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March 2018



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Women and Labor. (408)

One of the recurring problems I have with social theories about women and work is that they fail to take into account unpaid female labor.

Marx thought of women as "Supplementary" labor ("Appropriation of Supplementary Labour-Power by Capital.The Employment of Women and Children" in "Capital"), both because he felt that woman were being called to work when they hadn't before, and because women are the manufacturers of future laborers. It takes a man to think that the people who prepare his food, sew and wash his clothing, and clean up after him are not "laborers" and therefore not part of the economy.

Women have always been the major sources of wealth in human societies. Among hunter gatherers men produce the high value luxury good - meat. Women build the shelters and gather the bulk of the daily diet.

In many cultures the farming fell to women as a natural progression from gathering. Even in cases where men clear the fields and do the planting and harvesting, women are in charge of turning the harvest into food. Women are usually in charge of the textile industries as well: tanning hides, sewing, weaving, dyeing, washing.

Even the euphemism "distaff" refers to women's roles as the manufacturers of textiles (a staff for holding the flax, tow, or wool in spinning).

With the development of industrial spinning and weaving women's work has gradually left the home. Factory clothing manufacturing removed the clothing industry from the home (as Marx did document). And the canning industry began to remove food preparation from the home. The ease of industrial freezing and food transportation means that even when we are buying food in restaurants it has frequently been prepared in factories and shipped frozen or canned. The only labor done in the home now is cleaning up after people and heating up factory produced food. Neither of which are manufacturing jobs. They are unpaid services. Sewing and cooking like hunting and fishing are hobbies not jobs in the modern home.

The general public can be excused for not seeing this when even economists and sociologist miss it. But the reason women are leaving the home for the paid labor work force is because all of the women's [unpaid manufacturing] labor has left the home.

You really have to be a bloody idiot to think the half the human population has not been a major part of the economy for the entire history of the species.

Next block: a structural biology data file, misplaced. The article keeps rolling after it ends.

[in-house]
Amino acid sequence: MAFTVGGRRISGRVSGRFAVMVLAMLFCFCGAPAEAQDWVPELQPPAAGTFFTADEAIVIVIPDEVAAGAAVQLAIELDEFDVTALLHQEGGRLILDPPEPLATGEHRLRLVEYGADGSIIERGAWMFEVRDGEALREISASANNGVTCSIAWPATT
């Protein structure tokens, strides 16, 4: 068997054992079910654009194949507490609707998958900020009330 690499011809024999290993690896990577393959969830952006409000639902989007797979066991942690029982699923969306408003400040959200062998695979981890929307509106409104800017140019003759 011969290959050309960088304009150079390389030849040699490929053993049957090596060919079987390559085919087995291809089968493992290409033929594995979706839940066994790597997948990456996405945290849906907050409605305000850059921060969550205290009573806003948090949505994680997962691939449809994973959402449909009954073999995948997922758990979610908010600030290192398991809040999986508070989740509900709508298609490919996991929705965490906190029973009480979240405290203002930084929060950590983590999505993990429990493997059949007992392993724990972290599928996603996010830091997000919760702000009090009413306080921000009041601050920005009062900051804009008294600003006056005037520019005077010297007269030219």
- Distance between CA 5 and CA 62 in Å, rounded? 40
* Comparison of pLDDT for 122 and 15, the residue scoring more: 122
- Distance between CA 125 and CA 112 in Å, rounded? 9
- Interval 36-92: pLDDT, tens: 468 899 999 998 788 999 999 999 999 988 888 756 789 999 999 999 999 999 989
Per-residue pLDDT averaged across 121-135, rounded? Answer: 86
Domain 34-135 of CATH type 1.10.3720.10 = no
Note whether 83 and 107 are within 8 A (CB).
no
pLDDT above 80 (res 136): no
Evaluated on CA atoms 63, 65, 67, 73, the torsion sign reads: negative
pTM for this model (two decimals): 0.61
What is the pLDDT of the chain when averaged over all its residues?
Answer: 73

Lois McMaster Bujold made a great commentary on this in Ethan of Athos. Ethan has just got through describing the economic realities of reproduction in his all-male society:

Elli Quinn quirked an eyebrow. "How odd. On other worlds, people seem to come in floods, and they're not necessarily impoverished, either."

Ethan, diverted, said, "Really? I don't see how that can be. Why, the labor costs alone of bringing a child to maturity are astronomical. There must be something wrong with your accounting."

Her eyes screwed up in an expression of sudden ironic insight. "Ah, but on other worlds the labor costs aren't added in. They're counted as free."

Ethan stared. "What an absurd bit of double thinking. Athosians would never sit still for such a hidden labor tax! Don't the primary nurterers even get social duty credits?"

"I believe," her voice was edged with a peculiar dryness, "they call it women's work."

Lois McMaster Bujold

Thanks for the recommendation

Brain-O: For some reason I automatically associate the name Lois McMaster Bujold with New Age channelling not science fiction writing. I have no idea where this glitch is coming from, I can't find any similar names in my books.
sorry to post & run - the cats started arguing.

the link above is to an interesting book called "women's work" - while it's primarily targeted @ fiber research - I thought I'd mention it to you. if you hadn't already read it.

Thanks for the recommendation

I have add it to my list.

Amazon.com has a pretty good page design this is the only part of that URL you need
just plug in the ASIN of the book you want in the last section and it will take you to the page for that book.

"Women's Work: The First 20,000 Years : Women, Cloth, and Society in Early Times" by Elizabeth Wayland Barber